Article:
Monroe connects with videos and movies
Reporter in Residence
It’s been a long, snowy winter. Good thing the Mansion has many nooks and crannies where mice like me can warmly snuggle! I think back fondly on warm weather and all the outside activities at Olde Time Fun last September. It will be here again before you know it!
In the meantime, I hope you know about the videos that the Education Committee made last year thanks to an Northampton Community College-National Endowment for the Humanities grant. The videos were created by Karen Tetor and some of friends who participated in Olde Time Fun.
You can see them on the MCHA website — click on “For Teachers” and then “Agriculture.” Watching them will transport you back to the warm weather as you learn about herbs, beekeeping, fibers, and dulcimers!
After sneaking upstairs to the office in the Mansion to see the videos on Brianne’s computer, I got to wondering about moving pictures and the theaters that showed them in Monroe County.
When Jacob Stroud and his family were alive, the only way to get likenesses was to have someone draw or paint a picture. You can see portraits of some of the Stroud family and friends in the Mansion.
By the 1850s, cameras had been invented, but the process to print a photograph was very complicated. You had to stay still a LONG time to have your picture taken. The stereopticon in the Victorian parlor uses two still pictures put together to show a “3-D” image, but there was no way to show any movement.
I did some research and found that going to “the movies” didn’t start until the late 1800s-early 1900s. There have been many theaters in the Stroudsburg area, with such names as The Nickelet, Playhouse, Bijou, Stroud, Lyric, Plaza, and Dreamland! Some historic theaters still operate today: The Pocono Community Cinema (it was first called The Academy of Music and then the Grand Opera House), the Sherman Theater, and Casino Theatre.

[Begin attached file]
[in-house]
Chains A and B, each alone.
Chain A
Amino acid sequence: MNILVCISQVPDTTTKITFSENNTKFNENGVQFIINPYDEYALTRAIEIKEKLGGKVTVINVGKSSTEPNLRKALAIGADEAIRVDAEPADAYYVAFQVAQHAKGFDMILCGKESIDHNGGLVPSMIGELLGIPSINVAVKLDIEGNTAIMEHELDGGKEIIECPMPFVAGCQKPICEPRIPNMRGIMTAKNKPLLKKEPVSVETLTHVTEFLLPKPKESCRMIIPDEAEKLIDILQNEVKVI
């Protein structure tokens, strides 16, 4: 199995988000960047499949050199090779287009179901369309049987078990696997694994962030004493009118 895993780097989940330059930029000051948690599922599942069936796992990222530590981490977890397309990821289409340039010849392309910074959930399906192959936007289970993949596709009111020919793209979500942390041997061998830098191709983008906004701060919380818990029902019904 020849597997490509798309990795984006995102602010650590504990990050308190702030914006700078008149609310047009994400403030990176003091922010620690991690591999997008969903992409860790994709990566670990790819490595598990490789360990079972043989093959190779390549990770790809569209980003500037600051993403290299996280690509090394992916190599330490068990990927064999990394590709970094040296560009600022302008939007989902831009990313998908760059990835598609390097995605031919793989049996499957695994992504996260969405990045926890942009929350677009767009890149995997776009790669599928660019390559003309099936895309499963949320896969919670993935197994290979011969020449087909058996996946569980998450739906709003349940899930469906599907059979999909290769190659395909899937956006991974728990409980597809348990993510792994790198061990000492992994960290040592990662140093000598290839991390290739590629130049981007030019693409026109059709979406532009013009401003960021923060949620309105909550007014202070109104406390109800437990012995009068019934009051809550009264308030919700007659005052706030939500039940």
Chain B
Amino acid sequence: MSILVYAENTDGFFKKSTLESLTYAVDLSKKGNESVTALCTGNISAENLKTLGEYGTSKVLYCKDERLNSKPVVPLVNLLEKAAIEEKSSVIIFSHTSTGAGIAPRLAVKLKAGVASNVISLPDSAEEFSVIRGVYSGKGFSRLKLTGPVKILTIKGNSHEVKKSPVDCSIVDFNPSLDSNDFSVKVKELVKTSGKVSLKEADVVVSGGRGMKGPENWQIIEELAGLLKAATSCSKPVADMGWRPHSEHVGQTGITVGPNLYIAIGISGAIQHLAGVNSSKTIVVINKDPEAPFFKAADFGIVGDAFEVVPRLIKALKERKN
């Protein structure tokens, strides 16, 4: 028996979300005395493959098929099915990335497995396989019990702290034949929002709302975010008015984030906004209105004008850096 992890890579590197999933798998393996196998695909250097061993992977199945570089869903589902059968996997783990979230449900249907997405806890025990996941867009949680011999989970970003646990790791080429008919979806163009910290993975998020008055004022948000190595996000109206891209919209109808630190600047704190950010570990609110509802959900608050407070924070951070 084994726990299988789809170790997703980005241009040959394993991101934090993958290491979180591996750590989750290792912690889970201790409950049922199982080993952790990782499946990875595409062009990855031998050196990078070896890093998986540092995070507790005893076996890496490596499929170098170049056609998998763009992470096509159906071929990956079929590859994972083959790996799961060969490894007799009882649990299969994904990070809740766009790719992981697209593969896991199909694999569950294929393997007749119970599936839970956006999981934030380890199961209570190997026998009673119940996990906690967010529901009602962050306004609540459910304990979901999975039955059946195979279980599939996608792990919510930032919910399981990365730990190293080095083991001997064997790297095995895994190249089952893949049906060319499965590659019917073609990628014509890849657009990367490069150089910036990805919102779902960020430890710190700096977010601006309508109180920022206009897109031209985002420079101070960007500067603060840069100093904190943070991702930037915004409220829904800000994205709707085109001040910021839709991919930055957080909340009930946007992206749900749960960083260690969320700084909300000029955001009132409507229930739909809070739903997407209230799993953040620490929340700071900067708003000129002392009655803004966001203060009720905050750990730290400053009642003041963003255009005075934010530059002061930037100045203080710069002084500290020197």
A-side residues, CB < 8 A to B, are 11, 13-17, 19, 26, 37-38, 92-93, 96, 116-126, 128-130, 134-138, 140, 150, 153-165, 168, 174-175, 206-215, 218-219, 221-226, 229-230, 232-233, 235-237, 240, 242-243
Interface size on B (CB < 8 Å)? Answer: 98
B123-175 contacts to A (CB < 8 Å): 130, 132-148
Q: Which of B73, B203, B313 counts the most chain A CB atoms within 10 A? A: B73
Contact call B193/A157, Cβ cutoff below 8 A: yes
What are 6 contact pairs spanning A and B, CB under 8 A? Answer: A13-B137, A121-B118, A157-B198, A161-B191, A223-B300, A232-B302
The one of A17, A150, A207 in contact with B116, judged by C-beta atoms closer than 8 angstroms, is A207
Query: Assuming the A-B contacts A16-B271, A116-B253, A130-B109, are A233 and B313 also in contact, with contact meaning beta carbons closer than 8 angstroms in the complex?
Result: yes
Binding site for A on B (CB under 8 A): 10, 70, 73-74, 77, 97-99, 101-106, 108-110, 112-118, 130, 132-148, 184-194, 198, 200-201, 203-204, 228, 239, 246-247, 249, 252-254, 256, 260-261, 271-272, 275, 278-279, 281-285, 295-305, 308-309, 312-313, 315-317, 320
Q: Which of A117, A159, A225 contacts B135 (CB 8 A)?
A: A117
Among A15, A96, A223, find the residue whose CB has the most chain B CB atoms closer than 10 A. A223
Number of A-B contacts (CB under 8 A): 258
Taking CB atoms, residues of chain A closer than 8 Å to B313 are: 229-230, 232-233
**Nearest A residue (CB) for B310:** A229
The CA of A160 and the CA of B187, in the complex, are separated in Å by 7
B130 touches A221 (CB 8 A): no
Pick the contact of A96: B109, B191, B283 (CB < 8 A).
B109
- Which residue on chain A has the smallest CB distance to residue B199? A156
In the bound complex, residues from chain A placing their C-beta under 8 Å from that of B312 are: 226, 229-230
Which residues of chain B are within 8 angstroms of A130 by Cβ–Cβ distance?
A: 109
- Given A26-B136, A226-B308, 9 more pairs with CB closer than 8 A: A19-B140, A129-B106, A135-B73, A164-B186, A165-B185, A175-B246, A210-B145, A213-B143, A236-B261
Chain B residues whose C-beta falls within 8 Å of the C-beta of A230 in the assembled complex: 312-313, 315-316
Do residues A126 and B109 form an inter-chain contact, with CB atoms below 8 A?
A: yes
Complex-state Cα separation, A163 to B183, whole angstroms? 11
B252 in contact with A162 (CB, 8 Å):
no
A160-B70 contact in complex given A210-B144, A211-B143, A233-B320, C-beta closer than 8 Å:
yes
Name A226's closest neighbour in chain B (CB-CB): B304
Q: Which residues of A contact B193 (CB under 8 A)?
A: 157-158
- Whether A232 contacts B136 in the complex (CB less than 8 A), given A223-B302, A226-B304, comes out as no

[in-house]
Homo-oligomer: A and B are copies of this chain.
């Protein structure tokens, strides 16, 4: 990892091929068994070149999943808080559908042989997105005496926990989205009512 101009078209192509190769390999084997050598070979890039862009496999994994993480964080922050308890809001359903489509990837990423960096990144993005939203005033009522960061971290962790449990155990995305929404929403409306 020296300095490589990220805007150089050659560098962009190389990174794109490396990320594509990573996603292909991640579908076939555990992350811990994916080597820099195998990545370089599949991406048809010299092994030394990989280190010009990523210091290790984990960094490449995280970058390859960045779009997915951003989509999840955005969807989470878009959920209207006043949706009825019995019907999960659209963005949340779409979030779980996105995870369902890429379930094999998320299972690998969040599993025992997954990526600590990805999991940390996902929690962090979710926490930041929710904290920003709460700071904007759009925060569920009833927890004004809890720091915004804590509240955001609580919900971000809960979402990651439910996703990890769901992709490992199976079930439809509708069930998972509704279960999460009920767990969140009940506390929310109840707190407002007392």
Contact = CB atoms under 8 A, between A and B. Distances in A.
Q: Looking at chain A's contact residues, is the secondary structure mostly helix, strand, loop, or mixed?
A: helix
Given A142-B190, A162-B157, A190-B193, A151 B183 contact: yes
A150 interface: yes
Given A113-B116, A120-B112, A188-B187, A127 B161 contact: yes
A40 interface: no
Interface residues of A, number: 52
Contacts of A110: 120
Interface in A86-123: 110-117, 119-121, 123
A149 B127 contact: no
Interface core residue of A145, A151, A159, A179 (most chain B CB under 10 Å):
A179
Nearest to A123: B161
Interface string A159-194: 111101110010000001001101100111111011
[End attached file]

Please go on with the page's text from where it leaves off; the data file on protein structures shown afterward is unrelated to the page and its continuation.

Mouse family lore says the best snacks could be found at the Stroud Theater — Unfortunately, it doesn’t exist anymore. It was proposed in 1911 by the Stroudsburg Industrial Club (later the Chamber of Commerce) to be “An Opera House for the Borough” with a 1,000-seat theater, clubrooms, reading, card and billiard rooms, and gymnasium. The completed structure at the corner of 6th Street and Quaker Alley cost $35,000 and didn’t have all the extra rooms first planned. The Stroud hosted plays, vaudeville shows and movies. Admission to see “moving pictures” was just 5 cents when it opened! Until 1929, when the Stroud became the first theater in the area to show “all talking” movies, a piano player or other musicians accompanied the silent shows.
Unfortunately, 1938 brought a sad fate to the Stroud — a fire. The owner was not able to rebuild since recent improvements he had made were not covered by insurance.
Concession stands were not originally allowed in movie theaters because the owners didn’t want the distraction or mess of food. Then, during the Great Depression, owners added concession stands to help raise revenues. In the 1930s, snacks became an important part of attending a movie. Sugar rationing in World WarII boosted the popularity of popcorn and selling it became an easy way to make a bigger profit. Mice love popcorn!
Most of my research and quotes came from Roy E. Pipher’s book, A History of the Movie Theatres in Monroe County, PA. It’s for sale in the Mansion gift shop, so you can look for yourself!